New Delhi, Oct 24 (IANS) A five-judge Constitution Bench headed by Justice Arun Mishra has said that “recusal is not to be forced by any litigant to choose a Bench stressing that “Justice Mishra will commit a grave blunder if he recuses in these circumstances.
“I have taken an informed decision after considering the nitty gritty of the points at issue, and very importantly, my conscience. In my opinion, I would be committing a grave blunder by recusal in the circumstances, on the grounds prayed for, and posterity will not forgive me down the line for setting a bad precedent,” Justice Arun Mishra said in an order delivered on Wednesday but was released on Thursday.
“It is only for the interest of the judiciary (which is supreme) and the system (which is nulli secundus) that has compelled me not to recuse,” Justice Mishra said, whose opinion was supported by other four judges on the Bench.
The Bench, which comprises Justices Indira Banerjee, Vineet Sharan, M. R. Shah and S. Ravindra Bhat, said that there is no legal impediment or bar to Justice Mishra’s participation to hearing the reference on the merits in the present Bench.
“We notice that his order has cited several previous instances where judges who rendered decisions in smaller bench compositions, also participated in larger bench formations when the reasoning (in such previous decisions) was doubted, and the issue referred to larger benches, for authoritative pronouncement,” the other four judges collectively said.
Justice Mishra said that it should be up to the judges to decide on recusal.
Emphasising that the embarrassment of hearing the lengthy arguments for recusal should not be a compelling reason to recuse, he also said: “The law laid down in various decisions has compelled me not to recuse from the case and to perform the duty irrespective of the consequences, as nothing should come in the way of dispensation of justice or discharge of duty as a Judge and judicial decision making.”
Justice Mishra stressed that there is no room for prejudice or bias and justice has to be pure, untainted, uninfluenced by any factor, and even decision for recusal cannot be influenced by outside forces.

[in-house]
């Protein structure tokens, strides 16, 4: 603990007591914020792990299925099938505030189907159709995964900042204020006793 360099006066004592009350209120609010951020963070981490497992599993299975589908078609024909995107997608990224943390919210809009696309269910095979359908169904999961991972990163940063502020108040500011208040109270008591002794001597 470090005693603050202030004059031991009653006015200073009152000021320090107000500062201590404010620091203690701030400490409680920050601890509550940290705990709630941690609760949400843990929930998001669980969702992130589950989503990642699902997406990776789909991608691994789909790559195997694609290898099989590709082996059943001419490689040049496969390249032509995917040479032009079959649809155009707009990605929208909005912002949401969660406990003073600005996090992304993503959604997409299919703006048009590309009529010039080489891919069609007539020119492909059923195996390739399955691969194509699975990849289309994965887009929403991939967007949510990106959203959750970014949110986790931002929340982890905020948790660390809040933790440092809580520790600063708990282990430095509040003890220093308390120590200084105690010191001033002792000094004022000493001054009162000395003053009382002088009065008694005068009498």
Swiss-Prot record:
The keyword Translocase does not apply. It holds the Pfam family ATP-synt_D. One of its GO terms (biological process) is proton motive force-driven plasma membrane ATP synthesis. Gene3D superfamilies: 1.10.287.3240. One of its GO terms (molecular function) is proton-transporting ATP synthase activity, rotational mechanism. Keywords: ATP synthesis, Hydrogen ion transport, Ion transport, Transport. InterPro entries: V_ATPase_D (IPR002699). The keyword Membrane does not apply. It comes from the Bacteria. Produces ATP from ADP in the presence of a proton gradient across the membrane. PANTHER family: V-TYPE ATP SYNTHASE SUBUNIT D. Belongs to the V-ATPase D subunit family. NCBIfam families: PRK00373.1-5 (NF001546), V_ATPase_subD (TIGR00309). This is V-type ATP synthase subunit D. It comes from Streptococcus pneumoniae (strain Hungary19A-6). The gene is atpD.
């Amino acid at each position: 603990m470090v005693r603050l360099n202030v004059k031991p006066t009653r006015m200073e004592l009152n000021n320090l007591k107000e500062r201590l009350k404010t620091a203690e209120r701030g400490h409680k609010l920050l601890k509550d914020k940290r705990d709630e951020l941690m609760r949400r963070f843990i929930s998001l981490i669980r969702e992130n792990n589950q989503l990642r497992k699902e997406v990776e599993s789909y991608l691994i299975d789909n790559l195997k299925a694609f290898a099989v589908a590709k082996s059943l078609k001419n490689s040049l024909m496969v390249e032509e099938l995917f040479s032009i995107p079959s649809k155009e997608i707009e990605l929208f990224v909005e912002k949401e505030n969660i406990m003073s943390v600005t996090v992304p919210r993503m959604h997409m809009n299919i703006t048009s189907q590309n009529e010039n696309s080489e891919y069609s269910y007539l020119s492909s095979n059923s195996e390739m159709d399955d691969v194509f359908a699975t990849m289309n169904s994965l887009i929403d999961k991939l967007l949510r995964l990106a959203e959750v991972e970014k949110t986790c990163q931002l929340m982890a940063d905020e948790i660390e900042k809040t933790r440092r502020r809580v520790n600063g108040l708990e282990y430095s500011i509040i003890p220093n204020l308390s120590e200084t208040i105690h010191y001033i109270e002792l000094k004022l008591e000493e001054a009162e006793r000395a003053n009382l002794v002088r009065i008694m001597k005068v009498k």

“However, if I recuse, it will be a dereliction of duty, injustice to the system, and to other Judges who are or to adorn the Benches in the future,” Justice Mishra said.
The court was hearing a clutch of petitions challenging the validity of provisions related to compensation in the Land Acquisition Act.
Some farmers’ associations and individuals had registered an objection over Justice Mishra hearing the matter, and sought his recusal citing judicial propriety. The court had earlier observed that attempts to make Justice Mishra recuse himself from the bench were a practice of “bench hunting which, if allowed, would destroy the institution”.
Representing the petitioners, senior advocate Shyam Divan told the bench that it must look at the verdict that Justice Mishra authored in February last year, where he held that acquisition of the land by a government agency cannot be overturned, if there was delay by land owners in failing to accept compensation within five years, citing pending court cases.
In 2014, a court verdict had held that land acquisition can be overturned if there is a delay in accepting the compensation awarded for the acquisition. In March 2018, the top court had said a larger bench would look into the verdicts.
Divan told the bench that in his over 100-page verdict, Justice Mishra had opined that the view taken by another bench was bad under the law, and contended that a judge cannot sit over an appeal of his own past verdict.